Reproduction of Koalas (Phascolarctos cinereus)

By Mardi

Habitat

Koalas live in a range of habitats from coastal islands and tall eucalypt forests to low woodlands that are more inland. Koalas are found along the south east coast of Australia. They eat eucalypt leaves because these are easily accessible in the treetops of Australian forest. Koalas are largely nocturnal and can live up to 18 years old in the wild. Because koalas live in the treetops they must be very strong so that they don’t fall down. Their habitat often does not have ease of access to water however being high in the trees they are protected from a lot of ground dwelling predators.

Fertilisation  

Koalas mate during summer, a dominant male will mate with all of the females in his territory. Koalas reproduce internally by cross-fertilisation where by the male inserts his penis into the female in order to release sperm that may fertilise an ovum by meeting and combining nuclei. It is most likely that only one egg is fertilised which means that only one or two ova are released. Internal fertilisation is an advantage to koalas because they live on land in trees with little water access and the gametes and/or the fertilised egg would dry up in the hot sun. Even if koalas found a way to avoid this there would be a chance of the developing embryo falling down from the treetops.

Females

- reach sexual maturity at 646 days of age.

-usually give birth to one young per year

-Female koalas have two lateral vaginae and two ovaries that each have an oviduct, cervix and uterus.

-The two vaginae are the receptacles for sperm, during childbirth they fuse together to form the birth canal.

Diagram of female koala reproductive system

Males

- reach sexual maturity at 1095 days of age.

-The penis is split into two sections, complementing the two lateral vaginae of the female.

-When flaccid, the penis retracts into the body.

diagram of male koala reproductive system

Development

Koala’s have internal fertilisation and development. After 35 days of the embryo developing in the uterus (viviparity), the mother’s vaginae have fused together to create the birth canal. This is quite a short gestation period for mammals however the Joey is born into the pouch where it can remain protected, when born the young koala weighs less than 0.5 grams. In the pouch it feeds off its mother’s milk and as it gets older begins to feed on material passed through the mother’s digestive tract. When the young begins to feed on eucalypts rapid growth appears. Internal development of the embryo is a suitable method for koalas, it helps to protect the young from possible predators such as eagles and hawks and protects them from the harsh sun as well as cold of the winter, the pouch is very handy because it means that the baby can feed off its mothers teats and remain protected, the young will also not fall down from the tree. Viviparity results in a higher mortality rate and this is important as only one egg is fertilised.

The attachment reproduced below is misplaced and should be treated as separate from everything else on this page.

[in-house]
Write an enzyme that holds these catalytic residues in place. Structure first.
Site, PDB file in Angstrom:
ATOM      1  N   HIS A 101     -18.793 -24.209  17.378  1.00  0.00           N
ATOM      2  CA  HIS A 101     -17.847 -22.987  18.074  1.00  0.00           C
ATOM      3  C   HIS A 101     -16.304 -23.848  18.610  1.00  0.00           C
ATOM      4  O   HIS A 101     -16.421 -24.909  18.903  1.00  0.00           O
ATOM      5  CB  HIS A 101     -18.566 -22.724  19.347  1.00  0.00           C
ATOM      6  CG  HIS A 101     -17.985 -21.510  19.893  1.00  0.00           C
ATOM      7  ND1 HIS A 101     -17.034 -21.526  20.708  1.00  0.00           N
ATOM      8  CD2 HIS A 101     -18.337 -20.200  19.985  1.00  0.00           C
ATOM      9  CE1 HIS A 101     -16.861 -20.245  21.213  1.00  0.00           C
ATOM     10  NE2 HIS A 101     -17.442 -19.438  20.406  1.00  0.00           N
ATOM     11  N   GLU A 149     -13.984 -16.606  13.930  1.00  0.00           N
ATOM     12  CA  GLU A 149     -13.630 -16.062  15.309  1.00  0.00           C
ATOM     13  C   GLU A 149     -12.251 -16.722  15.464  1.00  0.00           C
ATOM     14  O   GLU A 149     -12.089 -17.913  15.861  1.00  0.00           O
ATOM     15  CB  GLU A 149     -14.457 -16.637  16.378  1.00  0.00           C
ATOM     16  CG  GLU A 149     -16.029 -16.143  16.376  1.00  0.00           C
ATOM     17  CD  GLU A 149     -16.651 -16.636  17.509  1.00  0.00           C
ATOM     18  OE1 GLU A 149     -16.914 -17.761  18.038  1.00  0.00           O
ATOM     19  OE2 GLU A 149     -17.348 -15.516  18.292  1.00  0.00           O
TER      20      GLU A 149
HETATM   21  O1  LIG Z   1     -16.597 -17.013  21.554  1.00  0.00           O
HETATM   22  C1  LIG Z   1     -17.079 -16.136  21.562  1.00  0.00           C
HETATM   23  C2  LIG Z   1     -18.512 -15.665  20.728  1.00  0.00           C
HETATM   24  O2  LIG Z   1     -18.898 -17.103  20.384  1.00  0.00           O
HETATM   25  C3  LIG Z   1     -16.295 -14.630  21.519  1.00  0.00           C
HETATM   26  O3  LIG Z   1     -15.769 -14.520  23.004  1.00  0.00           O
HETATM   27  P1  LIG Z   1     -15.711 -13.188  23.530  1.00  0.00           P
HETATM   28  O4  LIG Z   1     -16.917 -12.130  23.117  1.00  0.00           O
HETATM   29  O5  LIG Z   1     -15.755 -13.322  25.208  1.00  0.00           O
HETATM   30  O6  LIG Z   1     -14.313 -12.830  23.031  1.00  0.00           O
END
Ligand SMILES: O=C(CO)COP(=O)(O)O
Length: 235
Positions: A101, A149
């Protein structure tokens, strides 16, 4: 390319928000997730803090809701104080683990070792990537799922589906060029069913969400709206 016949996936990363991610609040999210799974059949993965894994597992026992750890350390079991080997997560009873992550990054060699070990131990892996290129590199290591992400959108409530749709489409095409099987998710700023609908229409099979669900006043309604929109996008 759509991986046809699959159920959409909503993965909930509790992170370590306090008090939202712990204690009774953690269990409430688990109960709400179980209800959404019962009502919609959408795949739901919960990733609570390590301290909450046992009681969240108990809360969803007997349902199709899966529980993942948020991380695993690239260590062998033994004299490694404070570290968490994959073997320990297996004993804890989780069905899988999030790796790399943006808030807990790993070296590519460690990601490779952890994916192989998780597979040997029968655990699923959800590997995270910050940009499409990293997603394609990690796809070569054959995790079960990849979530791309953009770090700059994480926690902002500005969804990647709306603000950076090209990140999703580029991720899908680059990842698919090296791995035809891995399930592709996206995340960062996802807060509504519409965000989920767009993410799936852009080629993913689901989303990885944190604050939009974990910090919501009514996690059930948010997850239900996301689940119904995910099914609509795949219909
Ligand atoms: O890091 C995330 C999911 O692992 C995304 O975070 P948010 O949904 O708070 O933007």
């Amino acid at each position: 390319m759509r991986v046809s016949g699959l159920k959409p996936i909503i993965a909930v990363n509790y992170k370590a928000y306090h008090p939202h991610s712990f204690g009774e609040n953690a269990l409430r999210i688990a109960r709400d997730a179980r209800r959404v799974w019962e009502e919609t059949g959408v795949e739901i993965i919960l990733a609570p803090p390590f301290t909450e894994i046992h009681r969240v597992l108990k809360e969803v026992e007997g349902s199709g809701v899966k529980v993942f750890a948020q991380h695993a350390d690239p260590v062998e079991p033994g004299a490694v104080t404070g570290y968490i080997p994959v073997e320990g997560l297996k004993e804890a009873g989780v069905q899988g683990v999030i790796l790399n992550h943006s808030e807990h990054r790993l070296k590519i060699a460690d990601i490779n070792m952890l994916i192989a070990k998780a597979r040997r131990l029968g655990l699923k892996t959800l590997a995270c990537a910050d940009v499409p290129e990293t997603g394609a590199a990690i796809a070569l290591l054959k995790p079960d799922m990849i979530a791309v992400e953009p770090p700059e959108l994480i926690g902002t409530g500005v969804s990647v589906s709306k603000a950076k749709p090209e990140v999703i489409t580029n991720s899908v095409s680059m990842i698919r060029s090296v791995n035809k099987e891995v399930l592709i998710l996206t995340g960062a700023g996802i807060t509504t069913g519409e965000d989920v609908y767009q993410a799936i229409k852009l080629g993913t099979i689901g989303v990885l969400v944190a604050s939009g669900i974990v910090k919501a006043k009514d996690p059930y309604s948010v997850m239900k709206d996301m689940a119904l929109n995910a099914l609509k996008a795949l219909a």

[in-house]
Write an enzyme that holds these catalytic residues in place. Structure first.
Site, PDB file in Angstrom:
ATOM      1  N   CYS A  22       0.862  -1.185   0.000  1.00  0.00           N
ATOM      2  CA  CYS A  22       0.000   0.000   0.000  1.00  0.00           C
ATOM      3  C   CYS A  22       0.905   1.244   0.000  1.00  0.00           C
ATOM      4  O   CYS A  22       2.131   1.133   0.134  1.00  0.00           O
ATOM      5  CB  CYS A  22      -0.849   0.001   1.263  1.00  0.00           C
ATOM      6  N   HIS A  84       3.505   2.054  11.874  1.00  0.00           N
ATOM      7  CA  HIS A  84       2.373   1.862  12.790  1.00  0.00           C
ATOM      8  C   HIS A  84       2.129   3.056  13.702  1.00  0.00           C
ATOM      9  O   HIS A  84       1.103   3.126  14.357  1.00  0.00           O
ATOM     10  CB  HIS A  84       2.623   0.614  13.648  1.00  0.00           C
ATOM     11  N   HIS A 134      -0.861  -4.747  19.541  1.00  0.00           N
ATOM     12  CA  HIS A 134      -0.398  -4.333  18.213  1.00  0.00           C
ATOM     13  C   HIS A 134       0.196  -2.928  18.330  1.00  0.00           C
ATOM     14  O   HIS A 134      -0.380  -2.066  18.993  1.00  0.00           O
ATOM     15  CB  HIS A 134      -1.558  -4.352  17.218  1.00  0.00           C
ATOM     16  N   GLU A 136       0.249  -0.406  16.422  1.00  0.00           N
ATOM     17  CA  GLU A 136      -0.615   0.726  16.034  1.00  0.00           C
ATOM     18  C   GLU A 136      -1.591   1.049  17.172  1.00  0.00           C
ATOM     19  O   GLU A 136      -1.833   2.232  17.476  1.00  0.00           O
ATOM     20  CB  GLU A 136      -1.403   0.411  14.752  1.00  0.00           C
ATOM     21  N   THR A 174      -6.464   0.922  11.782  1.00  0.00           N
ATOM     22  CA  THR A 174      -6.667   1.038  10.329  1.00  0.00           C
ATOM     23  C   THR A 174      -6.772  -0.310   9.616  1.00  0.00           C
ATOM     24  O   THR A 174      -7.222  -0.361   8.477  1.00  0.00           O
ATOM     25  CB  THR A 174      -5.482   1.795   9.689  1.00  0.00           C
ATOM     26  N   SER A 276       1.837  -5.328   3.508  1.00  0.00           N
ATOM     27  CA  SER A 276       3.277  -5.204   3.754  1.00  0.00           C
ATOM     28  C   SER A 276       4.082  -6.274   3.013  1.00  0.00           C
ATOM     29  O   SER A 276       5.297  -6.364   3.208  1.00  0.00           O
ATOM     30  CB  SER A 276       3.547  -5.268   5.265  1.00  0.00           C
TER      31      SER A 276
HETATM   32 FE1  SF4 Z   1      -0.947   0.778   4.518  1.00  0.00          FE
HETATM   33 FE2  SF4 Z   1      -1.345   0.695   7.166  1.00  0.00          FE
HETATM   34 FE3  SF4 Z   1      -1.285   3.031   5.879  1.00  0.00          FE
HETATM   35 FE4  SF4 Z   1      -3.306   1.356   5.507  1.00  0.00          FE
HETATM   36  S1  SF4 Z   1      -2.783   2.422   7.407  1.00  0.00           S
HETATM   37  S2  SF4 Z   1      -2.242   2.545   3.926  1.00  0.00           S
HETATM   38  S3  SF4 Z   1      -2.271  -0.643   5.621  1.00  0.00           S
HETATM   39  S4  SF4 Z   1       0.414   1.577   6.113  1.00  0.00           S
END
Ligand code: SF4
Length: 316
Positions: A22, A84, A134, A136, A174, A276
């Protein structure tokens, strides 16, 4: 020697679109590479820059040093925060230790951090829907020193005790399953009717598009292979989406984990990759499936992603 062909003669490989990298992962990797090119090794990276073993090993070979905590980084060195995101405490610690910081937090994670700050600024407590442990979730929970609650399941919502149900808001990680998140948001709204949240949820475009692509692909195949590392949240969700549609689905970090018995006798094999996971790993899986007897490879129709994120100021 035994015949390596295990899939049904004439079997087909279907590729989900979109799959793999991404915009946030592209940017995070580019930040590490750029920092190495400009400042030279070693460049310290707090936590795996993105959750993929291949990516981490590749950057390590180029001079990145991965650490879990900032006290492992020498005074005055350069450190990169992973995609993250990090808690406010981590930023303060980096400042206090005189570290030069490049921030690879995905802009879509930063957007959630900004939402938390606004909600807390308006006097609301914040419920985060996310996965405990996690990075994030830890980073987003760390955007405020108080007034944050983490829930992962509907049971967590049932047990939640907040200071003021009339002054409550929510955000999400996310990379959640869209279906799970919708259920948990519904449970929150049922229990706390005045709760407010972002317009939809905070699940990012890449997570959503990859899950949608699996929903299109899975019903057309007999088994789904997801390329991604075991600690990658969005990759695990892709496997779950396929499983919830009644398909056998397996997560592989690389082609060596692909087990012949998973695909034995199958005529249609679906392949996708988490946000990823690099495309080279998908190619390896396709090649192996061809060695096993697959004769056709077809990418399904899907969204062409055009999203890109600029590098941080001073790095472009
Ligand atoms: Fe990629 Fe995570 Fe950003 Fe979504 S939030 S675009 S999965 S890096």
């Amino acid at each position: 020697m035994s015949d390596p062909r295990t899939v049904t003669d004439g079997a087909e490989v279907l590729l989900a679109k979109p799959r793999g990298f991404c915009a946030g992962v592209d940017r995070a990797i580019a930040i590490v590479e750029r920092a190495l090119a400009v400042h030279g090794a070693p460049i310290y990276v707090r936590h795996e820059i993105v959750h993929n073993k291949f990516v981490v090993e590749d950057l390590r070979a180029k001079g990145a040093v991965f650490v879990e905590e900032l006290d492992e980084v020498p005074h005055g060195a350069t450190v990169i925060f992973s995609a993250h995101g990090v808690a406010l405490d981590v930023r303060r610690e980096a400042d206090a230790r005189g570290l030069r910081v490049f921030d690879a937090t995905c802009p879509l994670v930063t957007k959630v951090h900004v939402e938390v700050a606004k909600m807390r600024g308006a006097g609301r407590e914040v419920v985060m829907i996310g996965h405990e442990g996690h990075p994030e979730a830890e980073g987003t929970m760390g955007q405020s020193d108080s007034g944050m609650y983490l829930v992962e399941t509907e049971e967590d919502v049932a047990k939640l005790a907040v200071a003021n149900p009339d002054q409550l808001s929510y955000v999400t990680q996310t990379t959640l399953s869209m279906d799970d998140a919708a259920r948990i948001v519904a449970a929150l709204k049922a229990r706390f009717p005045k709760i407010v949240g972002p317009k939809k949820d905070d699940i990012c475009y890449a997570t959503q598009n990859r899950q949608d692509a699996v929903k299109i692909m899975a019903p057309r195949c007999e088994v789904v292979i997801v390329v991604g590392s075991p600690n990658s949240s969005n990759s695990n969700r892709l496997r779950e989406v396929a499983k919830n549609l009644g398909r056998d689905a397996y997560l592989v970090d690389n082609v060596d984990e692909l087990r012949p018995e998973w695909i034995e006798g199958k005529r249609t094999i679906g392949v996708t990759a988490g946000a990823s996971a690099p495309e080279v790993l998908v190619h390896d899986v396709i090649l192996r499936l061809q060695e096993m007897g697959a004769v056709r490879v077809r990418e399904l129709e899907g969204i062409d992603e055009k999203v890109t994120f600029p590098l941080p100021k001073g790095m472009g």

young koala when born

Parental care

The Father leaves straight after mating with the mother and provides no parental care, however, Female Koalas provide a lot of parental care; they care for the Joey for 5 months in the pouch and the young will stay attached to its mother for up to a year. After that the young koala may live near its mother for another few months. After two years a young male is finally ready to survive on its own and will leave the area to find his own territory. It isn't surprising that the male provides no parental care whatsoever as he mates with several female koalas and it would be tough for him to provide parental care to so many young. The mother provides a large amount of parental care, this is common in mammals, marsupials, complex animals, animals that produce very few zygotes, and animals that use internal fertilisation and viviparity. A lot of parental care is a big advantage to koalas as they are moderately complex animals and need to develop strong muscles to hold themselves in the treetops while they chew on the eucalypts. Young Male koalas need a lot of parental care because by the time they leave their mother they have to venture off and find their own territory.

Bibliography

boom-time for koalas. ( 1996, 11 15). Retrieved September 13, 2013, from down to earth: http://www.downtoearth.org.in/node/27028

how do koalas reproduce. (n.d.). Retrieved September 11, 2013, from yahoo answers: http://answers.yahoo.com/question/index?qid=20080610192541AAkHUu4

interesting facts. (n.d.). Retrieved September 13, 2013, from australian koala foundation: https://www.savethekoala.com/about-koalas/interesting-facts

koala. (n.d.). Retrieved September 11, 2013, from encyclopaedia of life: http://eol.org/pages/128425/details#reproduction

Koala development. (2013). Retrieved September 13, 2013, from UNSW embryology: http://php.med.unsw.edu.au/embryology/index.php?title=Koala_Development

koala reproductive system. (2013). Retrieved September 14, 2013, from ehow.com: http://www.ehow.com/about_5447926_information-reproductive-system-koala-bear.html#page=7

the zona pellucida of the koala. (2006, september). Retrieved September 13, 2013, from ncbi: http://www.ncbi.nlm.nih.gov/pmc/articles/PMC2100332/

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